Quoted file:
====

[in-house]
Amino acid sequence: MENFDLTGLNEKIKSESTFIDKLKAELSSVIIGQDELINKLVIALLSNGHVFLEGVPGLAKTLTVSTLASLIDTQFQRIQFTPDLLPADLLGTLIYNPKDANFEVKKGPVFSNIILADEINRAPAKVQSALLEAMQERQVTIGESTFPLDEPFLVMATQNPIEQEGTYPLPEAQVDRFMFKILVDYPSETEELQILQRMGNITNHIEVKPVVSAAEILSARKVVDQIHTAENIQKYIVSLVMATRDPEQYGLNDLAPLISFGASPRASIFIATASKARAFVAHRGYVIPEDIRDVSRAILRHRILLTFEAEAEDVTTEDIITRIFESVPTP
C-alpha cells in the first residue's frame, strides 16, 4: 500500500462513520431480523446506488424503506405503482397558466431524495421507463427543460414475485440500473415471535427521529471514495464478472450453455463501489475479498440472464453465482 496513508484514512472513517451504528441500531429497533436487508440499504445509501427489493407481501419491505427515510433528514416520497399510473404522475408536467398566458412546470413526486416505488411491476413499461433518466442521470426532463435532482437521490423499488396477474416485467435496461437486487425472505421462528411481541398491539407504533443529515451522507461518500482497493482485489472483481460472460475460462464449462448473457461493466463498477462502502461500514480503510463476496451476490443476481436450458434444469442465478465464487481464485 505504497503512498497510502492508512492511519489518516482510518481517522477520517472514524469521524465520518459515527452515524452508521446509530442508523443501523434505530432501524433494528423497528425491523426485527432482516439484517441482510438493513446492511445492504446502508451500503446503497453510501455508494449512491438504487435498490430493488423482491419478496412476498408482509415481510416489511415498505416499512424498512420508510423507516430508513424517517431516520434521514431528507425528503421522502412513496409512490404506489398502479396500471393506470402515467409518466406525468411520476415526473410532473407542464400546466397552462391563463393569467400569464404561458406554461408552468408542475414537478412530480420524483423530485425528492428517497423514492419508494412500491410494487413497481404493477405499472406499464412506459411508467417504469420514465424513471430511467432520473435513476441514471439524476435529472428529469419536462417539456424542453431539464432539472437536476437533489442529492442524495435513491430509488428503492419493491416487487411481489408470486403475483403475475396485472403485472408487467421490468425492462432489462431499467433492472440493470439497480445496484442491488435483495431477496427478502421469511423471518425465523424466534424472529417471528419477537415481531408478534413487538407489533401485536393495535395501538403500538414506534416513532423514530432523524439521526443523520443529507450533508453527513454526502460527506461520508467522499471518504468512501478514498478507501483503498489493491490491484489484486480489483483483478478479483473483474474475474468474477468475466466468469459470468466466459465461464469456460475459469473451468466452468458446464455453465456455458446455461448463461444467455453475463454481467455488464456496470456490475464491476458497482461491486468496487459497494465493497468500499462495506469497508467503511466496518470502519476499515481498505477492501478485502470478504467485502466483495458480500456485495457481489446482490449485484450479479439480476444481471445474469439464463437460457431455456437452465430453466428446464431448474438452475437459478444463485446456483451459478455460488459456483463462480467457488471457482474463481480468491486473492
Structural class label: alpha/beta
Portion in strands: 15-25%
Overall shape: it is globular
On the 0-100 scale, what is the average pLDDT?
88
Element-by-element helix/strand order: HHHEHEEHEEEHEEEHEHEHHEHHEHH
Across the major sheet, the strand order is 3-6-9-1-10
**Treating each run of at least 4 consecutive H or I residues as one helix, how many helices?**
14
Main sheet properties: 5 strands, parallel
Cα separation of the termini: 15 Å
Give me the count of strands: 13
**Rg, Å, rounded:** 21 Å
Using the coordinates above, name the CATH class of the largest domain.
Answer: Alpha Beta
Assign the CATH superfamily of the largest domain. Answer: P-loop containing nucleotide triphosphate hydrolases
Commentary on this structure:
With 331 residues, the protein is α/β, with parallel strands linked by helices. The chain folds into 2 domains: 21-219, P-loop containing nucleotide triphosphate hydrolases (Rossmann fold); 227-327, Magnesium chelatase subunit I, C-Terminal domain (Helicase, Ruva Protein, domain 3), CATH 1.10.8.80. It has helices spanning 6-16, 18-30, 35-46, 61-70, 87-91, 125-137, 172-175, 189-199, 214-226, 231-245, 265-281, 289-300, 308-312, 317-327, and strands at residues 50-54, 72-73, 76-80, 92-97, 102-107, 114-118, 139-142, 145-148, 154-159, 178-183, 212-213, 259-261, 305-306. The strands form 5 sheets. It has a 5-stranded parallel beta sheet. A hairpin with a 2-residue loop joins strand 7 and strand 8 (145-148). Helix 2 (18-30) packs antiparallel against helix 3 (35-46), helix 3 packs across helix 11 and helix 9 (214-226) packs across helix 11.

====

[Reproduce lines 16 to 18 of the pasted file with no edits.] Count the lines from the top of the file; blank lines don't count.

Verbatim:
**Rg, Å, rounded:** 21 Å
Using the coordinates above, name the CATH class of the largest domain.
Answer: Alpha Beta